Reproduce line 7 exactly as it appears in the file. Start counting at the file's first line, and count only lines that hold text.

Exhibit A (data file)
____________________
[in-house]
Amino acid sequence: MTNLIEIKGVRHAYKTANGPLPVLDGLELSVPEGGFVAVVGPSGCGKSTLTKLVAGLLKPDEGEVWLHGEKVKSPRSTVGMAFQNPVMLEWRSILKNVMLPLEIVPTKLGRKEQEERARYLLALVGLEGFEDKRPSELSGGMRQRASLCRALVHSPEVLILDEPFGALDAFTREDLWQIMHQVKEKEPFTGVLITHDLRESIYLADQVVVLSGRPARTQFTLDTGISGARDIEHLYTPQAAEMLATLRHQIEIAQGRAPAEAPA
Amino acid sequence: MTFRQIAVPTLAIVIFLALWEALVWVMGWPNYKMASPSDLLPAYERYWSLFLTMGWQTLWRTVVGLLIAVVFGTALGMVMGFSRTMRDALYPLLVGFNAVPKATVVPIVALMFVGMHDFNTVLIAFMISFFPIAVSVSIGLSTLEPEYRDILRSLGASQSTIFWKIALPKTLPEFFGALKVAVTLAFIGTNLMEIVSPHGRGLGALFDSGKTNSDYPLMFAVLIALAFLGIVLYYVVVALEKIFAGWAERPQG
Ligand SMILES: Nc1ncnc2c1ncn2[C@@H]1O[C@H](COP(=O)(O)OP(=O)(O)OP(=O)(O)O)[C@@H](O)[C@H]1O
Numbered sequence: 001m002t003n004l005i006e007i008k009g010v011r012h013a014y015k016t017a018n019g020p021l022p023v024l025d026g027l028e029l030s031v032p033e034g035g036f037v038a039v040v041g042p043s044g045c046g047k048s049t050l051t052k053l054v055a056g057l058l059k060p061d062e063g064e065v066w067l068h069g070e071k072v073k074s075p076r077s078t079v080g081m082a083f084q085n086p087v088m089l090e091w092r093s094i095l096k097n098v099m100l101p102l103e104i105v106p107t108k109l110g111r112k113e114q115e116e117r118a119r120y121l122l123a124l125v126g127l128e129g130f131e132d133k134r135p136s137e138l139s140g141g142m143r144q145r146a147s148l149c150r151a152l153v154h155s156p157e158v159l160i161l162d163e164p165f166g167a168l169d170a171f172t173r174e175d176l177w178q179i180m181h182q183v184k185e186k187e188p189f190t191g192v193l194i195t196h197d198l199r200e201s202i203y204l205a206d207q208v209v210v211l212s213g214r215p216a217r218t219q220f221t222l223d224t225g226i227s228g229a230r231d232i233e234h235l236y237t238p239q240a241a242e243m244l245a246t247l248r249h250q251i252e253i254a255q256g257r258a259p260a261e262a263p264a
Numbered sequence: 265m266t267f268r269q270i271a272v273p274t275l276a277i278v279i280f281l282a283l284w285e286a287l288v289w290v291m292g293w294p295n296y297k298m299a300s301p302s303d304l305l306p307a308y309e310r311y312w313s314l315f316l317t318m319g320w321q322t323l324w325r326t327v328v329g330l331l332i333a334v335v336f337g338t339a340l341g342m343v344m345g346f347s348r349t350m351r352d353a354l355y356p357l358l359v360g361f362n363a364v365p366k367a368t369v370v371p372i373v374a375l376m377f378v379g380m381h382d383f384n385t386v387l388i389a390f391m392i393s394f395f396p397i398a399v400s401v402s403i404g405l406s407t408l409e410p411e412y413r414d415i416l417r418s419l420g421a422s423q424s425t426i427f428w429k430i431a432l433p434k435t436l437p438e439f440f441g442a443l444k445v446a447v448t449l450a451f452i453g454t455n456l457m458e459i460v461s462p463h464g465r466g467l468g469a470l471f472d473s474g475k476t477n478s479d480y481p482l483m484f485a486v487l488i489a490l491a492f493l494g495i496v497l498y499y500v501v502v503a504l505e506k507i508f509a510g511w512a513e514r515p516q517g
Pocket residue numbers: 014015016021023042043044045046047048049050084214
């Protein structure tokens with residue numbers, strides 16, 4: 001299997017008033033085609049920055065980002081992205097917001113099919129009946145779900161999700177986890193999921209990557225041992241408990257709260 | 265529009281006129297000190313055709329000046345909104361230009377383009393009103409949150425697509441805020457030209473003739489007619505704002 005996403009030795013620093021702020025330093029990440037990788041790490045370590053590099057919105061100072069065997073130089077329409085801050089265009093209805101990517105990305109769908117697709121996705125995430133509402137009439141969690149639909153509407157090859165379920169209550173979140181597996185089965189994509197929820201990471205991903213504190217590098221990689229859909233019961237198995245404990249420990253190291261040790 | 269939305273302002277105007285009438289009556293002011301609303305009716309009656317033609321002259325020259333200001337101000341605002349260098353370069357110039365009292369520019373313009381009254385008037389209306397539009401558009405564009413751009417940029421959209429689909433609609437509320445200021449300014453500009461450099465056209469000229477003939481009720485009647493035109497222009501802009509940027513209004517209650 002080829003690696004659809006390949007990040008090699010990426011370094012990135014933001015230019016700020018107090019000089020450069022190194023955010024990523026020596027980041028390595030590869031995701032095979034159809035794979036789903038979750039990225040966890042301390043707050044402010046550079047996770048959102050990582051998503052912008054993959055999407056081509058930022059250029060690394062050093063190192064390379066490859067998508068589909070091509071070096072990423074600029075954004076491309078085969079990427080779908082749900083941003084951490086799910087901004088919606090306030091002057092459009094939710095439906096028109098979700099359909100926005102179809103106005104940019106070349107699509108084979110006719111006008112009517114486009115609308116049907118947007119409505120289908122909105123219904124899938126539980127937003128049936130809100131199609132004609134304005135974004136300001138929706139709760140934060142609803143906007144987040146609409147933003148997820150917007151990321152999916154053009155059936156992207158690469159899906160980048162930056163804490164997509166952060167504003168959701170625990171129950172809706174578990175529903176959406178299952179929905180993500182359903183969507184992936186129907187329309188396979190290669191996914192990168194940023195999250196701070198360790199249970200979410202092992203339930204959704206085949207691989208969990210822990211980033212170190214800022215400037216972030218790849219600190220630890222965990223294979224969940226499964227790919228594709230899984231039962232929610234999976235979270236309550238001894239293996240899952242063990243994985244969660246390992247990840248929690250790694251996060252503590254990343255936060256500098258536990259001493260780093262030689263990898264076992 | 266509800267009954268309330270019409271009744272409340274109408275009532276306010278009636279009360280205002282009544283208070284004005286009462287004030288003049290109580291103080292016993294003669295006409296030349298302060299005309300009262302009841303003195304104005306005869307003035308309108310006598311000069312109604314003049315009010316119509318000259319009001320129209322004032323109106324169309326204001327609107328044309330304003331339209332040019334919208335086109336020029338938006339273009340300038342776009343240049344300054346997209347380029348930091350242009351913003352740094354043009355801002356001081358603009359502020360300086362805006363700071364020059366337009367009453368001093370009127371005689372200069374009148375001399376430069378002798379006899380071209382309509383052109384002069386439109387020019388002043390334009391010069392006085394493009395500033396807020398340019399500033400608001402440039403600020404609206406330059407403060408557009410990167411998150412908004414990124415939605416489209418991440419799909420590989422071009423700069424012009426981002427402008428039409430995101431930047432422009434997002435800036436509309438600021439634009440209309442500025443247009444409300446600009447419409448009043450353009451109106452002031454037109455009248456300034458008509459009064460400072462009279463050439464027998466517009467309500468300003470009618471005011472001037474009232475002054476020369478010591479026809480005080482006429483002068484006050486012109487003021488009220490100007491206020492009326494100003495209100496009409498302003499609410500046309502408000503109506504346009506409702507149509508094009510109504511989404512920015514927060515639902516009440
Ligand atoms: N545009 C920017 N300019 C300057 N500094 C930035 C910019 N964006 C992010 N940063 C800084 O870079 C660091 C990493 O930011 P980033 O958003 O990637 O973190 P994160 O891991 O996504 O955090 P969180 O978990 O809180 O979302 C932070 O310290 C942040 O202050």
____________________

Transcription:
Pocket residue numbers: 014015016021023042043044045046047048049050084214